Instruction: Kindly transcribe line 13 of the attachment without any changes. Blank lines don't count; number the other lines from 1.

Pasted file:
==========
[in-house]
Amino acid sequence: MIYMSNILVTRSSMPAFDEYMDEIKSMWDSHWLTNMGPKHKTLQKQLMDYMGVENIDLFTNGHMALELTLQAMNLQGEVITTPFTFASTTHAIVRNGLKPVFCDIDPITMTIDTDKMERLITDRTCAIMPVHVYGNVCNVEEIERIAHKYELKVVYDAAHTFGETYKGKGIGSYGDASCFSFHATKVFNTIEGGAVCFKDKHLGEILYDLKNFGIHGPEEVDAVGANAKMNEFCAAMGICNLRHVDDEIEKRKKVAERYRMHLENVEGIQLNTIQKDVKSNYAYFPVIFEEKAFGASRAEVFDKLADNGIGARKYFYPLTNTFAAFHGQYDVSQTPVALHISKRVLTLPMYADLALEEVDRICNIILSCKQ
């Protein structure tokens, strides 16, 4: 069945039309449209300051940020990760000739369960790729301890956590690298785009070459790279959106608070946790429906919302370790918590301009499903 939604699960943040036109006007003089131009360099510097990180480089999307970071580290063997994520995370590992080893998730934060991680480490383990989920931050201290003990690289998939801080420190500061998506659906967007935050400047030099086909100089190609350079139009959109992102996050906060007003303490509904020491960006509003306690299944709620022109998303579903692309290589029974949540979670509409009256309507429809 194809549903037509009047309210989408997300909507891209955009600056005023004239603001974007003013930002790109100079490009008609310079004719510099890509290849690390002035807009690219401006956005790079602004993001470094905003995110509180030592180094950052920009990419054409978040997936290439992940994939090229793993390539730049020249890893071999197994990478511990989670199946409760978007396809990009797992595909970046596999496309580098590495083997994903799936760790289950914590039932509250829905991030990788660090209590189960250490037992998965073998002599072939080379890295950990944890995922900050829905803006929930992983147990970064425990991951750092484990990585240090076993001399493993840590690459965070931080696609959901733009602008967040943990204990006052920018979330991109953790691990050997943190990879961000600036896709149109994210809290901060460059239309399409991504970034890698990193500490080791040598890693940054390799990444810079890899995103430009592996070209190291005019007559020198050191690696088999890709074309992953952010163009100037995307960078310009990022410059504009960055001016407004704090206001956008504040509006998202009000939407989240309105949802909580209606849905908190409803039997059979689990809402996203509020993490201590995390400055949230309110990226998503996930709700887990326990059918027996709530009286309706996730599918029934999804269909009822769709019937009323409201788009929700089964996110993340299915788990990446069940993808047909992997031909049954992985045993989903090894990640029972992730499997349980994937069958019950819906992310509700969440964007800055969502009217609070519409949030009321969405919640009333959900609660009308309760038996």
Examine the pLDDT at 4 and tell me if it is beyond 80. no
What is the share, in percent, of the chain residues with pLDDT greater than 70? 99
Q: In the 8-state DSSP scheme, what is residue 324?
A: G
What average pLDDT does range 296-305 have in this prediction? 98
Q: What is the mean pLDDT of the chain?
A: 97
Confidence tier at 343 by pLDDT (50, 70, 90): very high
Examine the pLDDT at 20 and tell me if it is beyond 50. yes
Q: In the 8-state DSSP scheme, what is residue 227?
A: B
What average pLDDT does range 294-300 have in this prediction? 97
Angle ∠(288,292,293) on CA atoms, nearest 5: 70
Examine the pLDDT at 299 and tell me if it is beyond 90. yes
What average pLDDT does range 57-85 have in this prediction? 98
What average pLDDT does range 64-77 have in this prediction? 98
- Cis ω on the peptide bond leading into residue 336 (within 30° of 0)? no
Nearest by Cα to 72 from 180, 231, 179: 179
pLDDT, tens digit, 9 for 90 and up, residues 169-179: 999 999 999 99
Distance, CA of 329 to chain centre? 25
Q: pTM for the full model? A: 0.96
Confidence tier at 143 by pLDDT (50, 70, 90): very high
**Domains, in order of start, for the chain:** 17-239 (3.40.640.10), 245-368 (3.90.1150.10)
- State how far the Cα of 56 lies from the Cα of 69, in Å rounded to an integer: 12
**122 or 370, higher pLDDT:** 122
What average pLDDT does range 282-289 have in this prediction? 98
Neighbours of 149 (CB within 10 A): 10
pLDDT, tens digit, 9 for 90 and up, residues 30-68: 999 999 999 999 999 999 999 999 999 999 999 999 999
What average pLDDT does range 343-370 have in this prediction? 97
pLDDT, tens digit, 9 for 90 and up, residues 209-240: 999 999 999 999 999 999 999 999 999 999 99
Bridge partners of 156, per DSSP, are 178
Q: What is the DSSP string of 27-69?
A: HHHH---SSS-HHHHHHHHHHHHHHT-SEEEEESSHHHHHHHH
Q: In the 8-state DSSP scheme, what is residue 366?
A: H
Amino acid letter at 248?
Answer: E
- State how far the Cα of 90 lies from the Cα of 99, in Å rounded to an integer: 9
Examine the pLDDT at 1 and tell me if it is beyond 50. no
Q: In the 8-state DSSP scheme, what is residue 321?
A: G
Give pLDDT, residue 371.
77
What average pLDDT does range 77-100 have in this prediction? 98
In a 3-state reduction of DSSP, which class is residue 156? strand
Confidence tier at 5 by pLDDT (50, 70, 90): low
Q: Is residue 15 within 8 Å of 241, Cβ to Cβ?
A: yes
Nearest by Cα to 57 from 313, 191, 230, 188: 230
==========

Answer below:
Q: In the 8-state DSSP scheme, what is residue 227?